East Bay population shift to shake up BART districts

Mike Koozmin/The ExaminerBART's board of directors will review proposed changes to the nine representative districts affected by population shifts recorded in the 2010 census.

Population growth in the East Bay is shifting BART voting districts away from San Francisco, but board members from The City said the new alignments won’t have a major impact in the next elections.

BART is one of just three transit agencies in the country to have a publicly elected board of directors. Today that body will review proposed changes to the nine representative districts affected by population shifts recorded in the 2010 census.

The biggest changes will come in districts 2 and 5, portions of Alameda and Contra Costa counties represented by directors John McPartland and Joel Keller.

Because population growth in those sprawling eastern districts has been so steady, both will have to be pared down, which could lead to a ripple effect where districts will be redrawn in a manner that shifts toward the
southeast.

San Francisco has three BART districts, but District 7 — represented by Lynette Sweet — contains only a sliver of the eastern portion of The City, with the rest of her district comprising East Bay cities such as Richmond and Berkeley. With BART districts shifting southeast, the East Bay portion of District 7 could expand, meaning the San Francisco portion will shrink.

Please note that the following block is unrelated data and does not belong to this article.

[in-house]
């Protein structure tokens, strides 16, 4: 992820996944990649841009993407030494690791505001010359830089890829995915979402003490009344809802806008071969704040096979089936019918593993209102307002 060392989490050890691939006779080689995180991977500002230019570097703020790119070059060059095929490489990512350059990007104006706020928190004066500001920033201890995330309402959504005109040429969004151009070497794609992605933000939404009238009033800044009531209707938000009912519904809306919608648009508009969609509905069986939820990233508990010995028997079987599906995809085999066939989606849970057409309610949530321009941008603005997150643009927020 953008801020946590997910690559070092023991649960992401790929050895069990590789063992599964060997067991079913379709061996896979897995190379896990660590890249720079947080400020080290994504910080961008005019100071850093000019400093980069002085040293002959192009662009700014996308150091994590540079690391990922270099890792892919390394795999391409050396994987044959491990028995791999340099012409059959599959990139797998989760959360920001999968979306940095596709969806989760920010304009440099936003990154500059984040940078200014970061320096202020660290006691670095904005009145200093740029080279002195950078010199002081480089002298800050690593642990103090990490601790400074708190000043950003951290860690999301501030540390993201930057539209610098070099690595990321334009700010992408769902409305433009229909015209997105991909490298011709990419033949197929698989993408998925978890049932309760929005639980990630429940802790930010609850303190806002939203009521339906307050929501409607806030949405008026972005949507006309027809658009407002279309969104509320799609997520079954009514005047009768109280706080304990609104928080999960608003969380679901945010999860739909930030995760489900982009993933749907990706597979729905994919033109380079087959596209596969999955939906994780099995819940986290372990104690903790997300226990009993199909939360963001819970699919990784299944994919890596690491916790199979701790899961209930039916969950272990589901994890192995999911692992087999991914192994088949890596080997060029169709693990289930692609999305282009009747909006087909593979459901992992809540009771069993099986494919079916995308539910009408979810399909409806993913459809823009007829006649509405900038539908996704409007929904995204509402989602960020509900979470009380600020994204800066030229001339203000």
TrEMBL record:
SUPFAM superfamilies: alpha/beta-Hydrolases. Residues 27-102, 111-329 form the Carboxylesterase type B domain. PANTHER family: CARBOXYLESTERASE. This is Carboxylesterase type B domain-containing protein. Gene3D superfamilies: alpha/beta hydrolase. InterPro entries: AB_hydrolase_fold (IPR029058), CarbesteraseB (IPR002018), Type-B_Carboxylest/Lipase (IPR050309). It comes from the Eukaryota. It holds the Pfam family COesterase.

Sweet, a San Francisco resident, said the redistricting won’t have a huge impact in her 2012 election campaign. Five directors, including Sweet and fellow San Francisco representative Tom Radulovich, will have to defend their seats next year.

Like Sweet, Radulovich said the proposed redistricting in San Francisco isn’t significant enough to merit major strategic changes for the election. He said he was actually surprised that population shifts in the East Bay weren’t greater.

However, it’s clear that more people are relocating to suburban towns in the East Bay. Bob Franklin, BART’s board chair who also is up for re-election next year, said the current trends could eventually result in San Francisco being represented by just two districts.

“San Francisco’s population just doesn’t grow as fast as Alameda and Contra Costa counties,” said Franklin. “As a result, we’ll continue to see a shift east in the districts.”

Today’s special board meeting on the redistricting changes will only be a discussion for the agency’s board. They’re expected to vote on approving the proposed redesigns at a meeting in December.

wreisman@sfexaminer.com

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